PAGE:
Q: Hi Meredith,
I need some breakup advice. I am in my early 30s and ending my three-year relationship with my late-20s girlfriend. This is by far the most serious romantic relationship of my lifetime and even though I love her very much, we aren't very good at being together. We have had numerous breakups over the years, including a seven month breakup last year before reuniting for "one last chance."
One last chance lasted a couple of months before we settled back into our pattern of constant arguing. It all came to a head last week, which is when we made the mutual decision for her to move out of my apartment after a month of living together.
My mind is made up and although it's extremely difficult and sad, I know we need to split up. She is less sure and here is where my problem lies. The number of healthy relationships in her life is much smaller than mine. Her family hasn't been supportive of her, and her friends have never been very compassionate people. The closest she had come to being part of a functional family has been with mine. I am in a much different situation with the most loving and supportive family and friends anyone could ever ask for. She has told me that her entire support system is me, and I know that it's true. I feel terrible and have tried to be as helpful as possible during this process, but it has it's been a challenge.
She texts and calls multiple times a day alternating between anger, acceptance, making me feel guilty, and apologizing. I have agreed to help her move as I have a truck and am not sure there is anyone else that can/will help her. That much I am committed to. I want to be there for her when she needs me, but I feel like I may be doing her a disservice by being available to her.
The last time we broke up, I had to cut off all communication and be the bad guy, but she had a better support system that time. This time, we have both acknowledged that it feels different and that we would like to maintain contact in some way in the future (even though I have been clear that it would never be in a romantic capacity).
Is that a bad idea? Am I hurting the situation more than helping by answering her calls and texts? I want to do right by her and right now it isn't easy to see what the right thing is.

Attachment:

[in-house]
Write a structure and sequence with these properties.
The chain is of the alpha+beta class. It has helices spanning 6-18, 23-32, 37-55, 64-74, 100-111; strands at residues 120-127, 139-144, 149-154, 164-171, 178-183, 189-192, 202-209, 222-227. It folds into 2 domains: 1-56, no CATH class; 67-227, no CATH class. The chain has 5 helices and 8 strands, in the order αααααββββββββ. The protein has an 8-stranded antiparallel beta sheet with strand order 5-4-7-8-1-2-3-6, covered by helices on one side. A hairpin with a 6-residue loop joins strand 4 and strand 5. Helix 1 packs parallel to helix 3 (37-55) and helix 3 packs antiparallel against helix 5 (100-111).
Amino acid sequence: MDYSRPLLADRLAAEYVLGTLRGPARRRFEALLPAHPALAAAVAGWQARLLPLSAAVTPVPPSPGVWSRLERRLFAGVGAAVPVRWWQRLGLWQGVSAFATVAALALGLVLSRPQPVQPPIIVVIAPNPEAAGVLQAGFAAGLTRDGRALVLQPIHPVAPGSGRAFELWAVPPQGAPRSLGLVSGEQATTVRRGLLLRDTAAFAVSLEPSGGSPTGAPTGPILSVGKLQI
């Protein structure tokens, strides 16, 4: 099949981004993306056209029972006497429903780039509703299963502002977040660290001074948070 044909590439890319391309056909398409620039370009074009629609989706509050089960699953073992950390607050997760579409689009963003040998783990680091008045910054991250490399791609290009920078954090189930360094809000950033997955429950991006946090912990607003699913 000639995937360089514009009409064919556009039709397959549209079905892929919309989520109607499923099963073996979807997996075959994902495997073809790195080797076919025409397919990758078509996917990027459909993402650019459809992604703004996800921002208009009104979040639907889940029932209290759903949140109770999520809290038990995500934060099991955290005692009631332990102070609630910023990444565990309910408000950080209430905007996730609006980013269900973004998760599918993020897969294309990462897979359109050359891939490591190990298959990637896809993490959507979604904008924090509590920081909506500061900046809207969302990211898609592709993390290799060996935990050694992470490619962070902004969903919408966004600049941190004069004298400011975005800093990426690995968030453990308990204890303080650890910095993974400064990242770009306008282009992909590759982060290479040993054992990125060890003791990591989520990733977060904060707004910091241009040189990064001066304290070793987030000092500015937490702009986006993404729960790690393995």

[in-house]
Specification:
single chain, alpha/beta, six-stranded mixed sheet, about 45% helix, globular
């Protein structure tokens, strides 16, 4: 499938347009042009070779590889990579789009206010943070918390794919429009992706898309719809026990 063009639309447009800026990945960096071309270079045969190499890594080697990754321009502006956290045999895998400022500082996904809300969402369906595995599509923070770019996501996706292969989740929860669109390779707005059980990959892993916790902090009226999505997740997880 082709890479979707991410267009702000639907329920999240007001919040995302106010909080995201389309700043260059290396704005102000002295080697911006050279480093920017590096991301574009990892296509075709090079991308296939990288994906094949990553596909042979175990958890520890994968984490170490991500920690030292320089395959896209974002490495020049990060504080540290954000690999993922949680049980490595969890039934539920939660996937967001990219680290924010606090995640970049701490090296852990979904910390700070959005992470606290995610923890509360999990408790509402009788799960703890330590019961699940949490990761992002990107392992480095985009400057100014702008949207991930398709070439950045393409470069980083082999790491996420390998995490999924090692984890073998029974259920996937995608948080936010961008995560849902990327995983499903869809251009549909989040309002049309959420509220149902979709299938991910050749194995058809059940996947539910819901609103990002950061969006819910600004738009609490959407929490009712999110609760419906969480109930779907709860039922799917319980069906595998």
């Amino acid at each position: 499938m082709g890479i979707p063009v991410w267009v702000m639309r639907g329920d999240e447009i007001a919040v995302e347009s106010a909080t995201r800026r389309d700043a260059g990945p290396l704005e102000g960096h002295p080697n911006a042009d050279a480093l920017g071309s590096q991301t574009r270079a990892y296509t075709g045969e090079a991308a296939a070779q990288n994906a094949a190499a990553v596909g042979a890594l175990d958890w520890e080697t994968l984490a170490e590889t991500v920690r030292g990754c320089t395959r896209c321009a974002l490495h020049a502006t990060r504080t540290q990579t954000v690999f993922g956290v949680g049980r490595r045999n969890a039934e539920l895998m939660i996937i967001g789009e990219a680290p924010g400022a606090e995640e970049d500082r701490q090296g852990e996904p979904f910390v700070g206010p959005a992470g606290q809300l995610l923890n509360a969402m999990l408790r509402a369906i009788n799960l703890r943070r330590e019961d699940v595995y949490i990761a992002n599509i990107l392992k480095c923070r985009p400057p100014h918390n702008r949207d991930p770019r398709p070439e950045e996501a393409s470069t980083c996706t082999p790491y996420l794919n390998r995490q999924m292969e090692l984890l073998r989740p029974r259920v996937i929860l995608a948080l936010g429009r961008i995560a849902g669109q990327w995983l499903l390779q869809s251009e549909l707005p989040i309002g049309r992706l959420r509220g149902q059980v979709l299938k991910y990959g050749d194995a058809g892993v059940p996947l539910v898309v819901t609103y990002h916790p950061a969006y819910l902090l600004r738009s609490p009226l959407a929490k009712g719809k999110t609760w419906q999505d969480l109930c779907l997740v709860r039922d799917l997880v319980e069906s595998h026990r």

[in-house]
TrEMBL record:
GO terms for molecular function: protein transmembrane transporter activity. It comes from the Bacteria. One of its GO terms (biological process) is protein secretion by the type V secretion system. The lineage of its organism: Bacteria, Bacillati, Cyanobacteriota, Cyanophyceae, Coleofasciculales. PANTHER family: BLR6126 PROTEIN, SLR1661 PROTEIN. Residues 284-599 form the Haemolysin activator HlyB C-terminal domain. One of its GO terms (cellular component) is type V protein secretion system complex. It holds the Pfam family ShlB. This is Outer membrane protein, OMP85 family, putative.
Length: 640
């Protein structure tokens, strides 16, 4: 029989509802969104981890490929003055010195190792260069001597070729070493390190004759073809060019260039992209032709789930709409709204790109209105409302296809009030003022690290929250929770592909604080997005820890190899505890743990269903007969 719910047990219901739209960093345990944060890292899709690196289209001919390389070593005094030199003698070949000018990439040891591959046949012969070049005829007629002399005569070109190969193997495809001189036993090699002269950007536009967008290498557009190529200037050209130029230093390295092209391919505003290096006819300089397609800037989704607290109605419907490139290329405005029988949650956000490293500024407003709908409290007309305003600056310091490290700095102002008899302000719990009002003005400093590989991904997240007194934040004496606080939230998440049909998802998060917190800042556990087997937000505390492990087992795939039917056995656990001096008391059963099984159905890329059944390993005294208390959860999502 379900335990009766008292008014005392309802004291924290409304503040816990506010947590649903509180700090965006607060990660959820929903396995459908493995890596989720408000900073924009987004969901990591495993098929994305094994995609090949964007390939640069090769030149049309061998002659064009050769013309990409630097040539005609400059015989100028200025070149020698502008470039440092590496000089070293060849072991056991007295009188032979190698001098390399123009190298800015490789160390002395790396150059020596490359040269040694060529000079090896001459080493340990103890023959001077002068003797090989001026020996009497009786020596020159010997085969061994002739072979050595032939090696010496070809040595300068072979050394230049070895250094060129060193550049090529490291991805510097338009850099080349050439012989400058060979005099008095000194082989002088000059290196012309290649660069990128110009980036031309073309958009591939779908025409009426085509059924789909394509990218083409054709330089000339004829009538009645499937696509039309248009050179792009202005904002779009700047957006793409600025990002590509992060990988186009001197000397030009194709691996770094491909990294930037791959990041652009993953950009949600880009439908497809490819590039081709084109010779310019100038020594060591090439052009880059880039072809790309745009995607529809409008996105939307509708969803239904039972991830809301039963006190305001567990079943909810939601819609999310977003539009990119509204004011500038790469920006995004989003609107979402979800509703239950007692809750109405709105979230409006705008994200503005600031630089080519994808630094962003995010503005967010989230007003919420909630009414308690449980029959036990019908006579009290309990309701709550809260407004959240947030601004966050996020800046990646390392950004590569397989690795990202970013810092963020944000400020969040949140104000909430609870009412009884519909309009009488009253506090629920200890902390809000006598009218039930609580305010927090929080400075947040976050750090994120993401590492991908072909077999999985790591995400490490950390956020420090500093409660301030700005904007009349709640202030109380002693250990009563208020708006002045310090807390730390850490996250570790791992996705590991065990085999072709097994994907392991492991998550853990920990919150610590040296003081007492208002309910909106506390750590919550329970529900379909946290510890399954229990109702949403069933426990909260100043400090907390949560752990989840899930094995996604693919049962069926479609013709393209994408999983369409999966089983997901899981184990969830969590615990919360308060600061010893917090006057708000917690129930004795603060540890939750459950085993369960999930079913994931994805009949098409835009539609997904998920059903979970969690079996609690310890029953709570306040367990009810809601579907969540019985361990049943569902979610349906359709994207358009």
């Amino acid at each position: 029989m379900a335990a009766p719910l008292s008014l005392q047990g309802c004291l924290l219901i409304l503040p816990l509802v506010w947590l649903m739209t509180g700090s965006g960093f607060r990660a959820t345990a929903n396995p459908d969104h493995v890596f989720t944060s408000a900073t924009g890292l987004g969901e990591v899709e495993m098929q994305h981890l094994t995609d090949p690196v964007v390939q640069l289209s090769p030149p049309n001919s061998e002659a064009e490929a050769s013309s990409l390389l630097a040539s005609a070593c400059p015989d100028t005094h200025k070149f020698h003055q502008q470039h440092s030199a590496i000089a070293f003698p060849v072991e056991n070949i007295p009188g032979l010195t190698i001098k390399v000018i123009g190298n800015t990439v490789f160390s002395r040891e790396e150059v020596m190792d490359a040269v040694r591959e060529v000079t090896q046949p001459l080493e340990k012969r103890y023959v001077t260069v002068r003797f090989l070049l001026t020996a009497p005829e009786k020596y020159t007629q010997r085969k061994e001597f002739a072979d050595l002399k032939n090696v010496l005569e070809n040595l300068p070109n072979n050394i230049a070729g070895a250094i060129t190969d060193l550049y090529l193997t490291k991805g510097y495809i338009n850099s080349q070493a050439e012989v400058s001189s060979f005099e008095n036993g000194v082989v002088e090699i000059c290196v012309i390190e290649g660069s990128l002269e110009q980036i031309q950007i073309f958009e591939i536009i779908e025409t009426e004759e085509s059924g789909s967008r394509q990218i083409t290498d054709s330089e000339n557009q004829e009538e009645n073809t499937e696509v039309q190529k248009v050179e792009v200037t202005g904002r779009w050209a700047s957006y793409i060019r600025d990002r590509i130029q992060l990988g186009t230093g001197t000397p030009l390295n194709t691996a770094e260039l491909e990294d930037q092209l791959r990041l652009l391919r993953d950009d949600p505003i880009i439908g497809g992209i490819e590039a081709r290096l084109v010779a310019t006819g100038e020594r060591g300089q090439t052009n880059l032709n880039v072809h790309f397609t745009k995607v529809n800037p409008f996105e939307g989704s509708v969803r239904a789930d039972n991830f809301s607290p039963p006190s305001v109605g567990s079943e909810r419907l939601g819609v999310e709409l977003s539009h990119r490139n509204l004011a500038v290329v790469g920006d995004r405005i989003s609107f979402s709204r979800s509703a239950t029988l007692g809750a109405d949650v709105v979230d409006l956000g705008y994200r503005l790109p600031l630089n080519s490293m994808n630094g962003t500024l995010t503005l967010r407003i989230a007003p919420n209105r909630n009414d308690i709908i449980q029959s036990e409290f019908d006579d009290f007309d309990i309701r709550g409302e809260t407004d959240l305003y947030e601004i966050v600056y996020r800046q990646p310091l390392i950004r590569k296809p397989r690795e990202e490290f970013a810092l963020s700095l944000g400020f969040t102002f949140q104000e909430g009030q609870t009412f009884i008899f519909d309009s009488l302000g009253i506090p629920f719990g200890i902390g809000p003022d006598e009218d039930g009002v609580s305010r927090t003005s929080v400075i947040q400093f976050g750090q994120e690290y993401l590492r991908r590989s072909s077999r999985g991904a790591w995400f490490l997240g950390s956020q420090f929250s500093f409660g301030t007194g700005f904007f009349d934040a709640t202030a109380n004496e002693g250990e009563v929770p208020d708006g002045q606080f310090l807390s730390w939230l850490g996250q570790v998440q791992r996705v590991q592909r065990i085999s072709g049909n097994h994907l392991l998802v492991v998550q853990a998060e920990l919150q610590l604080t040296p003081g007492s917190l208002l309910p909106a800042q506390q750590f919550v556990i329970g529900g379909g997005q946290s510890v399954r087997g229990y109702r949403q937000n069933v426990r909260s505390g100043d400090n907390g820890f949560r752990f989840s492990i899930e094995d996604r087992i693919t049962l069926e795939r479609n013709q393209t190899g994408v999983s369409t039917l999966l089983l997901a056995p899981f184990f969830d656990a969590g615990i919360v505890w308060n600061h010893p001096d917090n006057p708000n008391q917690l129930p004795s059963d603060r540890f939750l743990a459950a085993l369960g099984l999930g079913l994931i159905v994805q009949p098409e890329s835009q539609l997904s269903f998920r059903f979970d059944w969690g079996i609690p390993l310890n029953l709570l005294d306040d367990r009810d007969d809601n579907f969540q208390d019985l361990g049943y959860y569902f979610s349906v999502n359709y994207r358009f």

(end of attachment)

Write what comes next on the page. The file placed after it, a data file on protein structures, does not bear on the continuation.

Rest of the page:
– Trying to be a Good Guy, Mass.
A: Move her out of your place and then give her indefinite space, TTBAGG. Once she's gone, there's no real need for calls and texts -- unless she forgot something at your apartment.
It's possible that you guys have what it takes to be pals in the future, but it's way too soon to think about that. She needs to start a new life without you. She won't be able to move on if she's leaning on you for support.
Give her some guidelines so that she's not blindsided by your sudden disappearance. Explain to her that you're going to leave her alone so that you're not in her way. Make sure she understands that you also need the distance. It's confusing to be around a recent ex. It hurts. You want her to start a new life, but you don't want to have to watch. At least not yet. You can revisit this issue in the future, but you have to focus on your present.
You don't have to erase her phone number and pretend that you don't know her, but you do have to move her out and start treating her like an ex. It'll be painful, but that's the point. It's a breakup. So go away. That's the nicest thing you can do.
Readers? Should they be in touch at all? What about her lack of support system? What should he do? Help.
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Meredith Goldstein is a Boston Globe columnist who follows relationship trends and entertainment. She offers daily advice on Love Letters — and welcomes your comments. Meredith is also the author of "The Singles," a novel about complicated relationships. Follow Meredith at www.meredithgoldstein.netand on Twitter. Love Letters can be found in the print edition of The Boston Globe every Saturday in the G section.